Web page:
• Wahoo fires up but accidentally sends Flair into the ref, knocking him down. A backslide gets Flair down but the ref is only stirring and Flair looks like he gets out quickly anyway.
  • Flair sent Wahoo outside and into the ring post head-first twice, busting him open in the process. A knee drop to the head in the ring and Flair was the winner of the second fall, bringing it to one apiece.

Third Fall

  • Flair had the edge going into the fall, kneeing Wahoo in the gut. But McDaniel was able to block a suplex attempt and nailed a suplex of his own.
  • Flair sent McDaniel outside once more but Wahoo prevented a shot to the ring post and sent Flair headfirst into the steel instead! Twice!
  • A bleeding Flair was Irish whipped into the corner and goes over the post and to the floor.
  • A massive chop on the apron drops Flair before a war dance in the ring got the crowd on their feet as Wahoo landed another big chop. The crowd were completely in the palm of Wahoo’s hand by that point.
  • Wahoo locked in the sleeper again and Flair appeared to be drooping but he was able to push off the turnbuckles, Bret Hart-style, and land on top of Wahoo for the three count. Ric Flair was your winner!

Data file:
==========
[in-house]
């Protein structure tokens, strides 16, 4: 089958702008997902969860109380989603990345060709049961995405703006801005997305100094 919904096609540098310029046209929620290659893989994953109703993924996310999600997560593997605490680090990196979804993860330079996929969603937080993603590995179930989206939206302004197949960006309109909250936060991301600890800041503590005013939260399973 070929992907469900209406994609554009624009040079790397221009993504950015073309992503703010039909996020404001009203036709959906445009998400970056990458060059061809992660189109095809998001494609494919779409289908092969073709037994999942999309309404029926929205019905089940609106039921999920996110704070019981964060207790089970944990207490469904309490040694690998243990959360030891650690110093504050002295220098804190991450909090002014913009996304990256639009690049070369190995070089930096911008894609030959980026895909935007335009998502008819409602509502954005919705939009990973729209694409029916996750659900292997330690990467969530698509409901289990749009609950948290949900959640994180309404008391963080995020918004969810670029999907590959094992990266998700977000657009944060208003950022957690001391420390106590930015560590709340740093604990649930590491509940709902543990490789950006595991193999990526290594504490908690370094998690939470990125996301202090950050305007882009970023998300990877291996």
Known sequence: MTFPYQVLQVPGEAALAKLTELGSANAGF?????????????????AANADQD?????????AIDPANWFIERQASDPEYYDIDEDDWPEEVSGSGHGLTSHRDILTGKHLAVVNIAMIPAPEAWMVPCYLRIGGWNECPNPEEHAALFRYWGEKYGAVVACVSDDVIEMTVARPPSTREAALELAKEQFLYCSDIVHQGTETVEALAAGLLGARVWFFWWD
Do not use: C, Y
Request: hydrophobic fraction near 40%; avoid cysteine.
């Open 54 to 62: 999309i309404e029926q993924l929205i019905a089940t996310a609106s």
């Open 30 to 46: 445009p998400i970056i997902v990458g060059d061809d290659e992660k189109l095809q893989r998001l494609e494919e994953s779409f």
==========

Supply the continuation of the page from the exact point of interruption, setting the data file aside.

• Wahoo thought he was the winner and was furious when he realised what happened. He tried to snatch the belt off of Bill Alfonso after, and cut a quick promo backstage telling Flair that he would be back!

Final Thoughts

Battle of the Belts is an interesting show to watch. Considering the emphasis is on champions, the early matches, as entertaining as they are, are a little insubstantial perhaps. It also hurts the card that AWA Champion Rick Martel couldn’t appear, but that was beyond the promoter’s control of course.

Saying that, there’s only really one bad match on the card—Bockwinkel’s replacement match. The Guerrero’s match and the Rude-Haynes encounter are enjoyable, and the Florida title match between Jack Hart and Kendall Windham, and the AWA tag title match between the Road Warriors and Hansen and Harley are both very good. Add to this an excellent title bout between Ric Flair and Wahoo McDaniel and you have show that might not have the gravitas of that year’s Starrcade and WrestleMania but is an entertaining show in its own right and definitely worth a watch.

And, if we’re making comparisons, it might not have the same historical weight and influence, but in terms of in-ring quality, Battle of the Belts beats WrestleMania I hands down.

Written by Chris Flackett

Wrestling obsessed since '91. Lived through the Monday Night Wars and is still here to tell the tale. Major fan of Strong Style, technical and Super Jr. Wrestling, as well as big versatile hosses smacking the hell out of each other. Lives in Manchester, England.